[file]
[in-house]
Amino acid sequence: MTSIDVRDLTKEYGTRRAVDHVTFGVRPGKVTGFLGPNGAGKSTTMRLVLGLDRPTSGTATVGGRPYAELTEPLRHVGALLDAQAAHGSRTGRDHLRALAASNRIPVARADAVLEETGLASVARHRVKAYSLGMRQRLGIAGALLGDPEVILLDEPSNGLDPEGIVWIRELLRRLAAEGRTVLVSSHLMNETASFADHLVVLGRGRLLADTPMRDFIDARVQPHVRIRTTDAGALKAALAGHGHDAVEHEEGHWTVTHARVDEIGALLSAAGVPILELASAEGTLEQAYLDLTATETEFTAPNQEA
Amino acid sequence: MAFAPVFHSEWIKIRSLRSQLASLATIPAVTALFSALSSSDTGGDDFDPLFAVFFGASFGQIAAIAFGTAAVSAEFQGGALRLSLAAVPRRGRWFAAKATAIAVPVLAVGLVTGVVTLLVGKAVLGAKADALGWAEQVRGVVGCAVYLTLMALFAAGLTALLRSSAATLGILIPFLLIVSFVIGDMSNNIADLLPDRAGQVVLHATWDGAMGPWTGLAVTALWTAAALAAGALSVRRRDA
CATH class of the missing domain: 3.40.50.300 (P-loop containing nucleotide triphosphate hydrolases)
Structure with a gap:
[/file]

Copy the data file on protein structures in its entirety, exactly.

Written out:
[in-house]
Amino acid sequence: MTSIDVRDLTKEYGTRRAVDHVTFGVRPGKVTGFLGPNGAGKSTTMRLVLGLDRPTSGTATVGGRPYAELTEPLRHVGALLDAQAAHGSRTGRDHLRALAASNRIPVARADAVLEETGLASVARHRVKAYSLGMRQRLGIAGALLGDPEVILLDEPSNGLDPEGIVWIRELLRRLAAEGRTVLVSSHLMNETASFADHLVVLGRGRLLADTPMRDFIDARVQPHVRIRTTDAGALKAALAGHGHDAVEHEEGHWTVTHARVDEIGALLSAAGVPILELASAEGTLEQAYLDLTATETEFTAPNQEA
Amino acid sequence: MAFAPVFHSEWIKIRSLRSQLASLATIPAVTALFSALSSSDTGGDDFDPLFAVFFGASFGQIAAIAFGTAAVSAEFQGGALRLSLAAVPRRGRWFAAKATAIAVPVLAVGLVTGVVTLLVGKAVLGAKADALGWAEQVRGVVGCAVYLTLMALFAAGLTALLRSSAATLGILIPFLLIVSFVIGDMSNNIADLLPDRAGQVVLHATWDGAMGPWTGLAVTALWTAAALAAGALSVRRRDA
CATH class of the missing domain: 3.40.50.300 (P-loop containing nucleotide triphosphate hydrolases)
Structure with a gap: